From the Derbyshire HER

White Cliff (Round Barrow(s))

It is thought the barrow is one excavated by Thomas Bateman in 1851. He found it to contain a central limestone cist containing a pottery urn
inverted over the remains of a cremation and a burnt bone pin.
He discovered a second cist containing the crouched skeletons of two adults and two children accompanied by a food vessel and a number of flint implements.
An adult crouched burial was found close to this second cist and a further two burials of children by the central cist

Burton Moor (Round Barrow(s))

Thomas Bateman excavated here in the late 1840's, discovering three crouched burials in a rock cut grave with flints and a jet necklace accompanying them. The burials in turn were coverd by stones, on the top of these stones were a cremation and animal bones.
A later Anglian burial was also discovered.

Info: Barnatt, Marsden and NMR.

Blake Low (Round Barrow(s))

Thomas Bateman excavated the barrow in the late 1840's, discovering a rock cut grave. In it were the bones of a teenage girl and younger infant accompanied by a beaker.
There was a stone cist nearby containing 6 burials and flint implements.

Dudwood (Ancient Village / Settlement / Misc. Earthwork)

The hut circle is Romano-British and is the survivor of what once were three, the other two were damaged when found and have since been lost to the plantation.

Although outside of the websites remit, it is quite possibly handy to keep the entries as the hut circles are more than likely the stone circles described by Hayman Rooke in the 18th Century.

Robin Hood's Stride (Rocky Outcrop)

From the DAJ:

"Across Robin Hood's Stride are at least seven groups of probable cup marks; six on the outcrop proper and one on a largeboulder to the SE."

Rowtor Rocks (Cup and Ring Marks / Rock Art)

Further to the rock art that is shown in the photographs the DAJ note 3 more examples

i) Two parrallel lines of cups flanked by two pairs of cups with a long groove above them

ii) A large cup surrounded by a ring of seven cups with a further five cups nearby.

iii) Similar to ii) a central cup and five outer cups.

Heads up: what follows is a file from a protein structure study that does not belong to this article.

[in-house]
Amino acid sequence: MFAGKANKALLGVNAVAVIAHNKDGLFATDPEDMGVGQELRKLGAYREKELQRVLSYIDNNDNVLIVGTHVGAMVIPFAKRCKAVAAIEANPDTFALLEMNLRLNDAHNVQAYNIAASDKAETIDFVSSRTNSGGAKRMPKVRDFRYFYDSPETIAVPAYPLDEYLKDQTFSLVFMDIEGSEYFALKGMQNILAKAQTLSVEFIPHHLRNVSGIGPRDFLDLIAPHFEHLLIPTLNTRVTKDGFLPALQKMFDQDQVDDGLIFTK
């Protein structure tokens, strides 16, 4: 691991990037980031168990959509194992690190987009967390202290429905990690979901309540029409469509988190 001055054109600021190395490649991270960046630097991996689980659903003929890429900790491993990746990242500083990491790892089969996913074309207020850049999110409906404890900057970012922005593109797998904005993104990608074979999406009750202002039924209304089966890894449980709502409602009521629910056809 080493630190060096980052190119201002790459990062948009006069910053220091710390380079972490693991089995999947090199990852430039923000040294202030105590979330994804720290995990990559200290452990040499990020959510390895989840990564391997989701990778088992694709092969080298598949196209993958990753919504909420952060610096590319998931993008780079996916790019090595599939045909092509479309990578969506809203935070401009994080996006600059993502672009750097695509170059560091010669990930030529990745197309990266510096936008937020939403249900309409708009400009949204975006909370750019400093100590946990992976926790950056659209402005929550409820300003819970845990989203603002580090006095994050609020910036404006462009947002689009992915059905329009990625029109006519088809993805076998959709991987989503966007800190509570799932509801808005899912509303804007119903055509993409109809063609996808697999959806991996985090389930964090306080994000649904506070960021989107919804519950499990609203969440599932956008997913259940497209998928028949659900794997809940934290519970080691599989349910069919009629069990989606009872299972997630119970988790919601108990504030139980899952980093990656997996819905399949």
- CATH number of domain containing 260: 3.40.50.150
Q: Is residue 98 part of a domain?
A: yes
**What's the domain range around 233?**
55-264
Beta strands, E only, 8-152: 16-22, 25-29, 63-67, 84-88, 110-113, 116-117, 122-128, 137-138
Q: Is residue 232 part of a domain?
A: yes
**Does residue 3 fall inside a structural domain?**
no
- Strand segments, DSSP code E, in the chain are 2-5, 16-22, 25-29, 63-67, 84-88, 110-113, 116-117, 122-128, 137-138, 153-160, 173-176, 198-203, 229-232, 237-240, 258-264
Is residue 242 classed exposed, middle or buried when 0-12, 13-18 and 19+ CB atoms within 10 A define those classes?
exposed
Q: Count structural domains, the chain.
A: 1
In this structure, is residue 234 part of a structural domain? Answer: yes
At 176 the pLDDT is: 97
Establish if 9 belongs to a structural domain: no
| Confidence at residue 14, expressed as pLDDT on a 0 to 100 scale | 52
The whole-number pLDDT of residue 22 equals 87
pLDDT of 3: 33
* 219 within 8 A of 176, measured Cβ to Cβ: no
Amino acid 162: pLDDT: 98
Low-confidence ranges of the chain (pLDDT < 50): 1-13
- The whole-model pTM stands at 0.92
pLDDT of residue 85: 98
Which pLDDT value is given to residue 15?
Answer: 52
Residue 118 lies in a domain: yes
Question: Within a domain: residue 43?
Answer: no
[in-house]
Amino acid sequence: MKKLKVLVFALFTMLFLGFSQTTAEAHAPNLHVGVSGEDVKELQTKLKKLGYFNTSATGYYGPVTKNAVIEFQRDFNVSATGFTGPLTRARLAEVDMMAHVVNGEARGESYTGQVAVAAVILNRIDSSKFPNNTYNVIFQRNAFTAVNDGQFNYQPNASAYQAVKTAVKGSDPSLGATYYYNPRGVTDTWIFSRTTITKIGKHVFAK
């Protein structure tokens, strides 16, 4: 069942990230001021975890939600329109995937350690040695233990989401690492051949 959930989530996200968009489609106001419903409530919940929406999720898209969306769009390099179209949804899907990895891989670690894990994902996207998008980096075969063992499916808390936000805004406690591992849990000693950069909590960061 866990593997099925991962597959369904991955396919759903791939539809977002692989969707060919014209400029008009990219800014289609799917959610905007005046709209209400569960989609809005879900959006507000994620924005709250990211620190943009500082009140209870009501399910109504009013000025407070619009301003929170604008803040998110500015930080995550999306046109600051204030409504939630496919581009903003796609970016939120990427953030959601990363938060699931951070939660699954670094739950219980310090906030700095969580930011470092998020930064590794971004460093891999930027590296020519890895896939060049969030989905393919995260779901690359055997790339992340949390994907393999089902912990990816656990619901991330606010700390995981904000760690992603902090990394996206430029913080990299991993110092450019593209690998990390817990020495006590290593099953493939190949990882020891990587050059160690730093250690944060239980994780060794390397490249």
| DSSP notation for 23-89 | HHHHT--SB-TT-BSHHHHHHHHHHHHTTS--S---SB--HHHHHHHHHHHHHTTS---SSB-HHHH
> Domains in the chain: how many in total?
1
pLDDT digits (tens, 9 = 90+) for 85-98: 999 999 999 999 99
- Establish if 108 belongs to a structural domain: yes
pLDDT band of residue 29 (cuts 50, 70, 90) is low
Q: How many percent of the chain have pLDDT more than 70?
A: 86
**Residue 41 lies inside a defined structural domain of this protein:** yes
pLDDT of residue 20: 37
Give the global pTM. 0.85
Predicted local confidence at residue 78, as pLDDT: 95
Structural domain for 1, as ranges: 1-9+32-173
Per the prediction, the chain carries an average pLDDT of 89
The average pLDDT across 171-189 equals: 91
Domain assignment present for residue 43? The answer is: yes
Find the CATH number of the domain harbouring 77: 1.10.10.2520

Green Low (Burial Chamber)

The passage of the chamber is unmistakenly aligned to Harboro' Rocks a short distance away....I have a hair brained theory that the builders of the mound were acknowledging a local historically important place....the Rocks are the site of another Neolithic chambered burial but the finds made around them, like the Hopton handaxe, takes Harboro' back in human history to the Paleolithic.

Elton Common

I haven't had chance to read them yet but Elton Common has been mentioned twice in the Derbyshire Archaeological Journal.....

1968: A Late Neolithic Site at Elton


1982: Field Walking at Elton Common.

Crackendale Pasture (Round Barrow(s))

25 x 16m barrow opened by bateman in 1851 and described in his 'Ten Years Digging.....' volume. He recovered a burial of human and animal bone within the mound and on the old ground surface, beneath the mound, he found 4 disturbed inhumations accompanied by a beaker and a bone artefact. Around this central burial were 5 concentric arcs of stone.

Info: J. Barnatt & J. Collis.

Basset Wood (Round Barrow(s))

Excavated by Bateman in 1845 and recorded in his 'Vestiges of .....' book a few years later. He found a central burial on a limestone pavement beneath the mound, and a cremation in a pit.

Info: J.Barnatt & J. Collis

Ows Low (Round Barrow(s))

Plough damaged barrow measuring 16x14m. Excavated by Lucas and Carrington in the 1860's, the results were badly recorded so all that is known is they found bone, pottery and flint of unspecified types.

Info J.Barnatt & J.Collis
Showing 1-20 of 170 miscellaneous posts. Most recent first | Next 20